‘So Lottie died…right?’ Charlie swallowed hard.
‘Yes, I guess she must have.’ Mom looked uncomfortable.
‘You guess? You don’t know for sure?’ Charlie sat up straight. She searched her mother’s blank face and glanced down at the photo. Lottie’s eyes were bright, with long dark lashes, and they were staring back up at her.
‘The truth is that nobody knows exactly what happened to Lottie…'” (p. 7-9)
Read This If You Love: Music, World War II historical fiction novels, History, Family
**Thank you to the author for providing a copy of the book for review!!**
A Song for Gwendolyn Brooks
Author: Alice Faye Duncan
Illustrator: Xia Gordon
Published January 1st, 2019 by Sterling Children’s Books
Summary: “The combination of biography and Brooks’ own poems makes for a strong, useful, and beautiful text . . . A solid introduction to a brilliant writer”—Kirkus.
Acclaimed writer Alice Faye Duncan tells the story of poet Gwendolyn Brooks, the first Black author to win the Pulitzer Prize.
SING a song for Gwendolyn Brooks.
Sing it loud—a Chicago blues.
With a voice both wise and witty, Gwendolyn Brooks crafted poems that captured the urban Black experience and the role of women in society. She grew up on the South Side of Chicago, reading and writing constantly from a young age, her talent lovingly nurtured by her parents. Brooks ultimately published 20 books of poetry, two autobiographies, and one novel. Alice Faye Duncan has created her own song to celebrate Gwendolyn’s life and work, illuminating the tireless struggle of revision and the sweet reward of success.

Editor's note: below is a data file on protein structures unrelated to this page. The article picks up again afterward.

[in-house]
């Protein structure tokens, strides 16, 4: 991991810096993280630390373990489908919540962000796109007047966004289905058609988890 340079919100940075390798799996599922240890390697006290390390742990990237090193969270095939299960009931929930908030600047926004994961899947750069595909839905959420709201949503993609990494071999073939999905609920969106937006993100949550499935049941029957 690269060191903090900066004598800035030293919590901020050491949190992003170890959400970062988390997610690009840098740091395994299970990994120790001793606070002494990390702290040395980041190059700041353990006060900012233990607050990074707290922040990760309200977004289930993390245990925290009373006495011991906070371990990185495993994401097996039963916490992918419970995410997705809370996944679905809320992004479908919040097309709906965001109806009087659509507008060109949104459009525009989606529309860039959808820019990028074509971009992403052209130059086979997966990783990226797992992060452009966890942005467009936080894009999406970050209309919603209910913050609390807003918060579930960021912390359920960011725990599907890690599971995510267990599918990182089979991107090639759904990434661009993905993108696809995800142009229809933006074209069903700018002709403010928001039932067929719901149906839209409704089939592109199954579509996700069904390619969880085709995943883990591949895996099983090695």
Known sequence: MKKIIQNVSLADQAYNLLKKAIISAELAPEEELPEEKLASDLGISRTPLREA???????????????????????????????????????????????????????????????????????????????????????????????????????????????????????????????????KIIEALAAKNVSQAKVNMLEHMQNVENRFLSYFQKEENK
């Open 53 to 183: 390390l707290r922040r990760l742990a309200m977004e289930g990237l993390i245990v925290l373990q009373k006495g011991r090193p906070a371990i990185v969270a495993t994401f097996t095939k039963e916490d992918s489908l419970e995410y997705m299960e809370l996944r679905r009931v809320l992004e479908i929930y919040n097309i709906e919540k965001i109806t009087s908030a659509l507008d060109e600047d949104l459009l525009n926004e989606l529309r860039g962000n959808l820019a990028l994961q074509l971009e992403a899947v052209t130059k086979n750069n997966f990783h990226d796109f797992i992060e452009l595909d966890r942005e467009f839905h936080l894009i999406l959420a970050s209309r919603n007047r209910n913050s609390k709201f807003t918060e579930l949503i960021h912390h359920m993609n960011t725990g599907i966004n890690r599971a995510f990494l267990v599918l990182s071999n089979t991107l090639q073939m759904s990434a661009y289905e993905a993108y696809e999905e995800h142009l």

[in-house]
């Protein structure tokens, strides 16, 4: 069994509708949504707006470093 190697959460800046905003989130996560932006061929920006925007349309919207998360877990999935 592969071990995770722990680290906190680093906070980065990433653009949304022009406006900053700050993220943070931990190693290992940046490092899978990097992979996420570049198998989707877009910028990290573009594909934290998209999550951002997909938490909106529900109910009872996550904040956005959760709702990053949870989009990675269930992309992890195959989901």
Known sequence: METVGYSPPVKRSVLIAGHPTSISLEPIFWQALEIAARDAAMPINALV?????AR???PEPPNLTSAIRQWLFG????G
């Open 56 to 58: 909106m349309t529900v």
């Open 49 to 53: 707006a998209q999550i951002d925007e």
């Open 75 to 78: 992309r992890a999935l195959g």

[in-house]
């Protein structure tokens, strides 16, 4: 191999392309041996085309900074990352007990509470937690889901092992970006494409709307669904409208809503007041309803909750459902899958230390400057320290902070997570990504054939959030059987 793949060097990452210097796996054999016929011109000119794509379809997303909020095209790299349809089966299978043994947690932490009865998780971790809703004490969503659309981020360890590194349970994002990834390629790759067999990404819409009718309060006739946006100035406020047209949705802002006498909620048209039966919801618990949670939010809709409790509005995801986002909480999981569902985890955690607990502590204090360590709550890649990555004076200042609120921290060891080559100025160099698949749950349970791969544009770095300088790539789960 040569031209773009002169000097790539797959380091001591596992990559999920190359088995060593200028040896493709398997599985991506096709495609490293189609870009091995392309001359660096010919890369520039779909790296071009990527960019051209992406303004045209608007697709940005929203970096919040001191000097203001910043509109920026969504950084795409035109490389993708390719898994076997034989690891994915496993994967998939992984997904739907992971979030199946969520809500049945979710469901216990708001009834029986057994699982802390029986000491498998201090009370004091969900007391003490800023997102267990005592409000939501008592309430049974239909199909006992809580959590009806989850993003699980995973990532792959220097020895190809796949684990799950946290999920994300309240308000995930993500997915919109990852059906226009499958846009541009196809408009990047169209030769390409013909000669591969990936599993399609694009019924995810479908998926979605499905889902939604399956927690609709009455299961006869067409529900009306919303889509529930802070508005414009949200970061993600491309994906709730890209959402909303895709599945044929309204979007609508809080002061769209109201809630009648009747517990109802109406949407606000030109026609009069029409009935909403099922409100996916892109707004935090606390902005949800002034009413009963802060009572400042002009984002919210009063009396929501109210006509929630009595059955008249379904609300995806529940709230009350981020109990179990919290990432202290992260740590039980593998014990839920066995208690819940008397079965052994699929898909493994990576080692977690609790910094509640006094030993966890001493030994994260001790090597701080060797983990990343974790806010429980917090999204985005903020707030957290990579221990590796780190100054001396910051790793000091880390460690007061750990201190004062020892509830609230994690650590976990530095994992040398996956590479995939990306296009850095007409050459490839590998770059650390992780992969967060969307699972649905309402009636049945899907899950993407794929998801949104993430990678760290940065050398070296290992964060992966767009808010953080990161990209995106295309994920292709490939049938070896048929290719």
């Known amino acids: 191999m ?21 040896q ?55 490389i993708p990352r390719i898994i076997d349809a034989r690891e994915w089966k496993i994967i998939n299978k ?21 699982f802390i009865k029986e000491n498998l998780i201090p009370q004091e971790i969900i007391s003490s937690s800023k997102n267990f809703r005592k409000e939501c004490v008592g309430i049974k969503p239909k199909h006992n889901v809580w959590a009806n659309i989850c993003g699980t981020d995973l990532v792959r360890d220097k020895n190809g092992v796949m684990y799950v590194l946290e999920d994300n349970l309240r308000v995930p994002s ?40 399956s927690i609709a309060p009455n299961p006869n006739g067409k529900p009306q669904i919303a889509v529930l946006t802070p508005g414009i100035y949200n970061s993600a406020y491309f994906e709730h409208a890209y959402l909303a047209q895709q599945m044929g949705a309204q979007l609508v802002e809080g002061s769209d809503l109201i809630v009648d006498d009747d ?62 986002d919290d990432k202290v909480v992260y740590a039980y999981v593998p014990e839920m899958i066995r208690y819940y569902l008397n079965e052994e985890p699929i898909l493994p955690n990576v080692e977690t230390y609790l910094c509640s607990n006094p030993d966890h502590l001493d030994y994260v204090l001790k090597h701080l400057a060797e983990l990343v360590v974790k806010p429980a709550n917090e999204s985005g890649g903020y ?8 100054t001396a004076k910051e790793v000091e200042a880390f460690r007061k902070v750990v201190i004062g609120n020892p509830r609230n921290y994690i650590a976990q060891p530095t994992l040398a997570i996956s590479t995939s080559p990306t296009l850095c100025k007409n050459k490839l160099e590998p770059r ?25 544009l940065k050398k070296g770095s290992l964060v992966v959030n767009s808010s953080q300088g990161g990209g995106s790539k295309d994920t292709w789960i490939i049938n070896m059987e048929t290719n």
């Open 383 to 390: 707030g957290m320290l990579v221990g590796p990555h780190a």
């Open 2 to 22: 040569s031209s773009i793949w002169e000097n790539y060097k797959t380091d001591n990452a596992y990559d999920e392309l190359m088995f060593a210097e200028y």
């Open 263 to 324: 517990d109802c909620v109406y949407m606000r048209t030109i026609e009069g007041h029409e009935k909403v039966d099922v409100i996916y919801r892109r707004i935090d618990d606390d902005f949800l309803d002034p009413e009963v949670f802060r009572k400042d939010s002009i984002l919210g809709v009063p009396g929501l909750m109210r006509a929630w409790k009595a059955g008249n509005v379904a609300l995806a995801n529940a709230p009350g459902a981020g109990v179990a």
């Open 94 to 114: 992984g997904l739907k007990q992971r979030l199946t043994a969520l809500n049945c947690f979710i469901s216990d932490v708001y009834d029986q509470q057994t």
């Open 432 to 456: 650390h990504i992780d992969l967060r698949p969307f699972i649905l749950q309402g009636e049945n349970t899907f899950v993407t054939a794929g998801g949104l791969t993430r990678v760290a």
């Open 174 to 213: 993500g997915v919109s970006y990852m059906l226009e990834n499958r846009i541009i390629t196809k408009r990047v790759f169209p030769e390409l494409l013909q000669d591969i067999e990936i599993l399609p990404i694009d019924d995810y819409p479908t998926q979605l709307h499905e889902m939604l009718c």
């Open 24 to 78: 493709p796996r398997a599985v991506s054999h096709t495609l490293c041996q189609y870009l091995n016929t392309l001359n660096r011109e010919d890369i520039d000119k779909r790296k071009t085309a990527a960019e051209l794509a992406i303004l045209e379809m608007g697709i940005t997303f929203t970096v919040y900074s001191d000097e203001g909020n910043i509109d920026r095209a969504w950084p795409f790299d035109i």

A Message from Alice Faye Duncan:
“Dear Teachers and Librarians:
Welcome to my FIRST virtual book signing. In this media presentation you will see AND hear me read my new book A Song for Gwendolyn Brooks. It is the poet’s biography told in 9 short poems. Gwendolyn Brooks and her pursuit of words is lesson in audacity, tenacity and victory. Her life is a journey that young readers can use to navigate this trying world.”
About Alice Faye Duncan: Alice Faye Duncan writes books for young readers and adults. HONEY BABY SUGAR CHILD is a mother’s love song to her baby. The lyrical text sings and swings just like music. One must read it aloud with LOVE, JOY and SOUL!
MEMPHIS, MARTIN AND THE MOUNTAINTOP (The 1968 Sanitation Strike) is a lyrical combination of poetry and prose that explores Dr. King’s assassination and his last stand for economic justice in the city of Memphis. The illustrator is Caldecott Honor recipient, Gregory Christie.
12 DAYS OF CHRISTMAS IN TENNESSEE is a child’s travel guide across the Volunteer State (GO VOLS!). Two cousins in ugly holiday sweaters visit important landmarks throughout the state, while traveling in a mini-van called the “Reindeer Express.” The illustrator is Mary Uhles.
A SONG FOR GWENDOLYN BROOKS will debut in January 2019. This is the first picture book biography to explore the life and times of Chicago poet–Gwendolyn Brooks. In 1950, Miss Brooks was the first African American writer to receive a Pulitzer Prize.
Have you heard the name, “Pinkney?” Alice’s book–JUST LIKE A MAMA will make its debut on Mother’s Day (2019). The illustrator is Charnelle Pinkney Barlow. Her grand father is Caldecott illustrator, Jerry Pinkney. Charnelle is a master artist too. Get ready to be charmed with impressive images and a lyrical text.
Thank you so much to Alice Faye Duncan for sharing this amazing reading with us! The Virtual Book Signing, more about Alice and her books, and FREE LESSON PLANS for her books can all be found on her website: https://alicefayeduncan.com/.
Author: Ibi Zoboi
Published: September 18, 2018 by Balzer + Bray
Summary: Pride and Prejudice gets remixed in this smart, funny, gorgeous retelling of the classic, starring all characters of color, from Ibi Zoboi, National Book Award finalist and author of American Street.
Zuri Benitez has pride. Brooklyn pride, family pride, and […]
Author: Ibi Zoboi
Published: September 18, 2018 by Balzer + Bray